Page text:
No other banking activity
Fauna never arrived for her reservation at Weasku Inn and has not been heard from since. There has been no additional activity on her bank account or credit card. Please call the Josephine County Sheriffs Office at 541-474-5117 if you have any information regarding this case.
Oregon Commercial Crab Fishery to Open North of Cape Falcon 2/16
After a significant delay, the commercial Dungeness crab fishery will open in the most northern section of Oregon’s coast as of Feb. 16.
This area has remained closed to commercial crabbing to coordinate an orderly start with the Washington coastal Dungeness crab fishery.
Results from recent domoic acid testing of crab viscera (guts) conducted by the state of Washington indicate that levels of the marine biotoxin domoic acid are still elevated in the viscera of crab. Until further notice, all crab harvested from Point Chehalis, Wash. to the Washington/Oregon border will be required to have the viscera (guts) removed by a licensed crab processor prior to sale to ensure that crab going into the market are safe to consume.
All crab tested from all Oregon’s crab harvest areas have been well below alert levels and all Oregon crab product on the market is safe to eat. The Oregon Department of Agriculture (ODA) will continue to regularly test crab and shellfish to ensure levels in all areas remain below alert levels.
Prior to the opener, crab vessels in this area will be allowed to set gear from Feb. 13 onwards, using the “pre-soak” period of time to set gear in anticipation of the first pull of ocean crab pots on Feb. 16. The recreational crab fishery is already open in this area and along the entire Oregon coast.
For more information about Oregon’s shellfish marine biotoxin monitoring, call ODA’s shellfish safety information hotline at (800) 448‐2474 or visit the ODA shellfish closures web page.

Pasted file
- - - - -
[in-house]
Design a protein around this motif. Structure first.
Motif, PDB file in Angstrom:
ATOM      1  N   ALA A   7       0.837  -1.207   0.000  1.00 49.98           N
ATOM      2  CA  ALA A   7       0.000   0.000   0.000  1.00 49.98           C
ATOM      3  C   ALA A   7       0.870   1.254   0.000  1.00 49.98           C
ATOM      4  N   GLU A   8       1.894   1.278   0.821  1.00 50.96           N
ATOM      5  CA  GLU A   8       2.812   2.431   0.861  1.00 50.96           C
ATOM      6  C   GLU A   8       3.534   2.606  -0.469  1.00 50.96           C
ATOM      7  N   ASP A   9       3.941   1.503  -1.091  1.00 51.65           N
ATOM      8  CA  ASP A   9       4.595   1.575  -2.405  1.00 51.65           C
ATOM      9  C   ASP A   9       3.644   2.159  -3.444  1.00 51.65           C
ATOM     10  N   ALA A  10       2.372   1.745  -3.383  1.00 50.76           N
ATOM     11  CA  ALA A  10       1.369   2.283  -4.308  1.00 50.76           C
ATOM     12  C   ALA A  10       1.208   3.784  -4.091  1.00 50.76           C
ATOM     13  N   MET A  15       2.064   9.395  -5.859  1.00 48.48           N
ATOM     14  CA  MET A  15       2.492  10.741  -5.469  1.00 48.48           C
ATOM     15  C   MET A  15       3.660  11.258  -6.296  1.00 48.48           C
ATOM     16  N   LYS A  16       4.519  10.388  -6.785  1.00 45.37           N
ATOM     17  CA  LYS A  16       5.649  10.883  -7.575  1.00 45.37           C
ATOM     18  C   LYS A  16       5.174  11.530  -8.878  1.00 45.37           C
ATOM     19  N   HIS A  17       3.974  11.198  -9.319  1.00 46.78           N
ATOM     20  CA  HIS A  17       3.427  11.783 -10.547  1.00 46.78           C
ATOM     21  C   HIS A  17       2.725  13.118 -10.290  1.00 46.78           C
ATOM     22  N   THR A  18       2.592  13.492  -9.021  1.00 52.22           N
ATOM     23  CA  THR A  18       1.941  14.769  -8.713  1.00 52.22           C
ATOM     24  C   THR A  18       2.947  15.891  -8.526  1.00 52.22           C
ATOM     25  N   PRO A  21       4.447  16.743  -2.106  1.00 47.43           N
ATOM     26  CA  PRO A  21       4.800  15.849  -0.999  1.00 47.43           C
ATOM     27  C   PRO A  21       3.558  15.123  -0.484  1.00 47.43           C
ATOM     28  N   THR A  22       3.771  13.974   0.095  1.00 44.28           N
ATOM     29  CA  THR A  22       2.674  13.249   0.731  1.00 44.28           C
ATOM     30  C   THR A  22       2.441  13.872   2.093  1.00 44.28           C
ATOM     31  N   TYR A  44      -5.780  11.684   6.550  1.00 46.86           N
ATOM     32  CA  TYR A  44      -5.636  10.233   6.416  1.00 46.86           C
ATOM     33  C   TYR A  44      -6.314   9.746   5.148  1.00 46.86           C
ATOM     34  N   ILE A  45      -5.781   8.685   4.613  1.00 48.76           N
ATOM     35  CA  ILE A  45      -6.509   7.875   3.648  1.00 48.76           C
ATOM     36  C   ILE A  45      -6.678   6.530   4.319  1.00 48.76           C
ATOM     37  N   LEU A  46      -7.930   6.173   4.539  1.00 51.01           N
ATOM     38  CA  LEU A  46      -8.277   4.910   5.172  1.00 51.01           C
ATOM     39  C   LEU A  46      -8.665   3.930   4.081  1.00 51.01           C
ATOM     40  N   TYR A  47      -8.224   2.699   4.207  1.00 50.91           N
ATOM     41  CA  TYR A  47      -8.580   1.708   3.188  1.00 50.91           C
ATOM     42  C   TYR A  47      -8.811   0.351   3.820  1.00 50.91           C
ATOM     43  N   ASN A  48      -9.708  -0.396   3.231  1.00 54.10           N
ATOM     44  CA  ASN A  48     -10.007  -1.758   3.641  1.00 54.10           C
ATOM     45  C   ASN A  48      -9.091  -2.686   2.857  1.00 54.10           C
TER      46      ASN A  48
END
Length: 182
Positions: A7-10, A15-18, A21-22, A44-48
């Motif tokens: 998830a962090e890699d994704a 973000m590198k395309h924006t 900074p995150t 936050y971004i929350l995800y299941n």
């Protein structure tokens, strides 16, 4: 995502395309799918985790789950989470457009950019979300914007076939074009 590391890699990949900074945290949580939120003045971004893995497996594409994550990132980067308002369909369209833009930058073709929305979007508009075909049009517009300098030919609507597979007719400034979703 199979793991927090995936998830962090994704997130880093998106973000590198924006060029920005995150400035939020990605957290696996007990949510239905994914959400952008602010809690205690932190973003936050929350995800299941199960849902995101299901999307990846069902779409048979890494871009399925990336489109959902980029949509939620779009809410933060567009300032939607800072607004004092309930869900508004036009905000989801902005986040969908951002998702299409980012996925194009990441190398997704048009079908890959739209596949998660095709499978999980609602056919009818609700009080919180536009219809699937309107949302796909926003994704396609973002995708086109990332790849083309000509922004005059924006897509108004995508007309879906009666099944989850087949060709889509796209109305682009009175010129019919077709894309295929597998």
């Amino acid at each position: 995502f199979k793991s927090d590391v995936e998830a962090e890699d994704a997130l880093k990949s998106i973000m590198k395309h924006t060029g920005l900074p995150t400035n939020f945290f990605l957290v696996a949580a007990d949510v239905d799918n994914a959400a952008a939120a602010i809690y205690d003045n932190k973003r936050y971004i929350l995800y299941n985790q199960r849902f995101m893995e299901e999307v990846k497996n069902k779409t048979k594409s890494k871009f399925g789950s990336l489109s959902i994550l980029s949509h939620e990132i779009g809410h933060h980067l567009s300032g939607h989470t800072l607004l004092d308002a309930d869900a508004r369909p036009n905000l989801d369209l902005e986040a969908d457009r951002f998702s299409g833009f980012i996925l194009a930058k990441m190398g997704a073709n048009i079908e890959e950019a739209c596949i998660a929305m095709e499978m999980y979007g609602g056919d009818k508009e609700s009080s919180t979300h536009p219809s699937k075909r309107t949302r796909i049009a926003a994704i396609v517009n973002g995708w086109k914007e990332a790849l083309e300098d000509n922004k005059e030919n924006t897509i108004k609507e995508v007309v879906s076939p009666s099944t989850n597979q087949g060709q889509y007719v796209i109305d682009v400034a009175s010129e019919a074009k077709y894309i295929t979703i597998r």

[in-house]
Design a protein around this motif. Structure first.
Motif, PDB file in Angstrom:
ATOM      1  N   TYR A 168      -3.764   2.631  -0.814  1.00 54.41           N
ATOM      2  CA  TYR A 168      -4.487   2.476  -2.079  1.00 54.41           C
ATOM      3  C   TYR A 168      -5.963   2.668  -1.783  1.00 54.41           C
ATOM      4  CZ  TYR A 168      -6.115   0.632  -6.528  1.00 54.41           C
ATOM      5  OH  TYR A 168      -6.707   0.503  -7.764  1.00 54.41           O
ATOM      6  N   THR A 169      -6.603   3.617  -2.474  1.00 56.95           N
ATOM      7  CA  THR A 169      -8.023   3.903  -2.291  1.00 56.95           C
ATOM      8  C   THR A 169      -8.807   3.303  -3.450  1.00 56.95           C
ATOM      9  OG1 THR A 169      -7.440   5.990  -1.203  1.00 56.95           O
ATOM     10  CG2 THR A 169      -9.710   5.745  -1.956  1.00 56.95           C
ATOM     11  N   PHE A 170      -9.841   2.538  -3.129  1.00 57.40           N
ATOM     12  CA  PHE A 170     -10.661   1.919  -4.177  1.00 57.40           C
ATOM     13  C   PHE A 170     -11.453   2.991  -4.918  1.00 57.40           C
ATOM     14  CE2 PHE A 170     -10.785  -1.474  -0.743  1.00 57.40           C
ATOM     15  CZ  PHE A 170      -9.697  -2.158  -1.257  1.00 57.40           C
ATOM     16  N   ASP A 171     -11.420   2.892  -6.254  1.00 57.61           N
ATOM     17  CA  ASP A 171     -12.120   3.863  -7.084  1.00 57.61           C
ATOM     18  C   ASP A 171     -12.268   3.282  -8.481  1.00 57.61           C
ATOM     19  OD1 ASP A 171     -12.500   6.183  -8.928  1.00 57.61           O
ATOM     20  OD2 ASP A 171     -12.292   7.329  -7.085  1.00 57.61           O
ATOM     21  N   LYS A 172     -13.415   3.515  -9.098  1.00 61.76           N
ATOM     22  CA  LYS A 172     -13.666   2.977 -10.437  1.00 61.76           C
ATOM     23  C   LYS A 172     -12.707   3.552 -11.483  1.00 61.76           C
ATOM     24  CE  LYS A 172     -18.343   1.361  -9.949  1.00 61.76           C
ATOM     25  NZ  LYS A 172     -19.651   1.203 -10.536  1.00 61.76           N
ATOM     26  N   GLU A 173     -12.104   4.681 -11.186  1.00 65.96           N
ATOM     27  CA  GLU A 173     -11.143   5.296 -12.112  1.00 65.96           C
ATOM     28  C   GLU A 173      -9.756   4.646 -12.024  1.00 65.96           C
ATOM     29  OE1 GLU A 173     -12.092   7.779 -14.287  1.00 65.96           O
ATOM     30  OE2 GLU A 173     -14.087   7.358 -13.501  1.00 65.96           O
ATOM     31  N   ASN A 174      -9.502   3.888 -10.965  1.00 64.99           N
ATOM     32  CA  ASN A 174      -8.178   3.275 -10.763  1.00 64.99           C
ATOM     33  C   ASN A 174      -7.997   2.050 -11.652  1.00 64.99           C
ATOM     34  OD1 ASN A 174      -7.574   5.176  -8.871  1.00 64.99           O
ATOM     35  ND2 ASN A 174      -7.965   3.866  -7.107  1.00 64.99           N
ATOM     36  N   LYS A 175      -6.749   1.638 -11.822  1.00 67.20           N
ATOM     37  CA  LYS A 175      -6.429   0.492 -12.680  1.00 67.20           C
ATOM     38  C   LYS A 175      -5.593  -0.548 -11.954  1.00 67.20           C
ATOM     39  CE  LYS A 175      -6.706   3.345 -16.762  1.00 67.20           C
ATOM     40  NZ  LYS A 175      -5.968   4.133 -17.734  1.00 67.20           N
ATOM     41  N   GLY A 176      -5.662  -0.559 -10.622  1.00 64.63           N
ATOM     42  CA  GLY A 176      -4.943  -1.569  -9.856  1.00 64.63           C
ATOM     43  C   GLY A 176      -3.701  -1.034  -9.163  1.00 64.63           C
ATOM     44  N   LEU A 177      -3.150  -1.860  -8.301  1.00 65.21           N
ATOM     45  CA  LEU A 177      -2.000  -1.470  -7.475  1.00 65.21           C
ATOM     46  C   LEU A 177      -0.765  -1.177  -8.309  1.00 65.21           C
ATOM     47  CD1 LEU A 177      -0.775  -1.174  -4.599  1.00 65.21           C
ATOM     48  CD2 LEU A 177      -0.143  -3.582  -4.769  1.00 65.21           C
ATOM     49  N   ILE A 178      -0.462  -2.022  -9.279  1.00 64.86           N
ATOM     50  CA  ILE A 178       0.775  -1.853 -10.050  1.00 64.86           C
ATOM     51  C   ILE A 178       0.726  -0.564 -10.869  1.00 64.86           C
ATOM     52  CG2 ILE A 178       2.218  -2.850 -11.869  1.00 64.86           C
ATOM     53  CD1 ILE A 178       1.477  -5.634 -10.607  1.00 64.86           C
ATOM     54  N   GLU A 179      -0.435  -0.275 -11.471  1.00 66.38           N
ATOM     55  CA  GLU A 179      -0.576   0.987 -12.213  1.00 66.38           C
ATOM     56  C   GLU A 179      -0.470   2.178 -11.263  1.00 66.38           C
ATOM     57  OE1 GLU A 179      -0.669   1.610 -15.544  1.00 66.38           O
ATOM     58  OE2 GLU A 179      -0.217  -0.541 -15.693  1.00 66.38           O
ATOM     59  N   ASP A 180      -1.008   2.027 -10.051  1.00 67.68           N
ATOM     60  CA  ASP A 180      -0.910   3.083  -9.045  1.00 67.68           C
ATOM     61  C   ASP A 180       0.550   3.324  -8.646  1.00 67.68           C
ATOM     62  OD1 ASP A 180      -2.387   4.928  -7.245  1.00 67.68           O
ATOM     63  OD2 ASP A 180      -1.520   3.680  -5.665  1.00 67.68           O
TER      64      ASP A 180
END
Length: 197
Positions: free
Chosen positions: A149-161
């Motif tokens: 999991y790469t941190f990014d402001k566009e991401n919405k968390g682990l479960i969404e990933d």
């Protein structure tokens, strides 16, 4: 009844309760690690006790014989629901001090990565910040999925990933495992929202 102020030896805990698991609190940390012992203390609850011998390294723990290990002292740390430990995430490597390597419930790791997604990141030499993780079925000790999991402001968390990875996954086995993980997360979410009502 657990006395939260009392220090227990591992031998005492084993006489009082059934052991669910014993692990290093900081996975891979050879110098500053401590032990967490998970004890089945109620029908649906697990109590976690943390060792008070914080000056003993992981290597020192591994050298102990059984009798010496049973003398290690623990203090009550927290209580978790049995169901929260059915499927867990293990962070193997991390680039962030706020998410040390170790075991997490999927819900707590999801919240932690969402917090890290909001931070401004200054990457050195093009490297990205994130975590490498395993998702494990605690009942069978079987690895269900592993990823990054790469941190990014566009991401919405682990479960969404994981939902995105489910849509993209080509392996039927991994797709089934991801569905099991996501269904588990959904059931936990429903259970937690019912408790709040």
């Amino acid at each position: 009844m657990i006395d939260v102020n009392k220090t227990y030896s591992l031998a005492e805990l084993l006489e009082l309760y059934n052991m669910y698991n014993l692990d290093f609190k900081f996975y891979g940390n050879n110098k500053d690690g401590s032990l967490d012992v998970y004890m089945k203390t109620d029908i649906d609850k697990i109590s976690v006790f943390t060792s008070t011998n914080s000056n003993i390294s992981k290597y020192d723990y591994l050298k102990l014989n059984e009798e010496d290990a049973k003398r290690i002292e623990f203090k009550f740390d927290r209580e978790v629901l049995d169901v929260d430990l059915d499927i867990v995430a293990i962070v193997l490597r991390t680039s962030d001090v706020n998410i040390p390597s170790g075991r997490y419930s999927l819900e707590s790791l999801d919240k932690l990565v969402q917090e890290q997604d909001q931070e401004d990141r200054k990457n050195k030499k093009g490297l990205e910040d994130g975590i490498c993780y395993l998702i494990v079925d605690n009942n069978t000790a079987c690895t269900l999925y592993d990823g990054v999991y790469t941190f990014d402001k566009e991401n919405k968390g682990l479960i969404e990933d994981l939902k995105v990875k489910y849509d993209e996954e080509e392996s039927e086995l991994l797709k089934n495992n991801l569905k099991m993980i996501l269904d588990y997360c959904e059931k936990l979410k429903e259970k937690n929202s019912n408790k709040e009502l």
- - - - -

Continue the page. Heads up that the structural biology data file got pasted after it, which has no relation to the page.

Storms Take Out Massive Chunks of Oregon Coast Dunes
Sometimes eight or ten feet are gone from where the dune usually gently slopes down to the beach, resulting in many areas that are now dangerous. Many visitor centers have issued cautions or warnings, telling beachgoers to be careful about playing on high dunes above the beaches. It’s easy for someone – especially kids – to go bounding over the dunes towards the beach, and then suddenly finding there’s a sudden drop. It’s often not possible to see the abrupt edges as you come over a dune.
In Manzanita, CoastWatch volunteer C Pendergrass said this is the highest the dunes have been lopped off in the seven years they’ve been keeping up on the beaches. They categorized these enormous cuts as “severe,” and Manzanita is one of the more dramatically-altered places on the coast.
“They are currently unscalable in many areas,” Pendergrass said. “In places, the water was able to get behind the foredune area and swept the foredune away leaving only a few tussocks of dune grass strewn about.”
own on the south coast at Bandon, at Devil’s Kitchen and Haystack Rock, the CoastWatch volunteer who goes by the handle “T Bowspencer” noted some heavy dune erosion there. You can see about four to five feet of a drop-off where those dunes largely sloped down to the beach from where the cutoff points are on top now. (Photo at bottom)
At Gleneden Beach, the CoastWatcher who goes by the name “Streets” had some of the more alarming changes of Oregon coast beaches. A large chunk of a bluff has fallen apart on the northern end, near the Salishan community. Then there’s the spooky erosion of the bluff at the World Mark facility that seems to be showing plumbing of some kind.
“Large vertical pipes, metal rods, even what looks like a large auger, have been embedded in the soil for probably years, and are now being exposed,” Streets said.
Six Fatal Crashes In Oregon Since the Weekend
Between early Saturday morning and Monday afternoon, there were six fatal crashes across Oregon. Four were in Portland including two pedestrians, making eight for the year.
A driver crashed into a tree on North Columbia Blvd. near Portsmouth around 1:00pm on Monday afternoon.
40-year-old Douglas Rosling II rolled his vehicle and crashed at a warehouse on Northwest Yeon near Suffolk Street just after 7:00 on Sunday morning.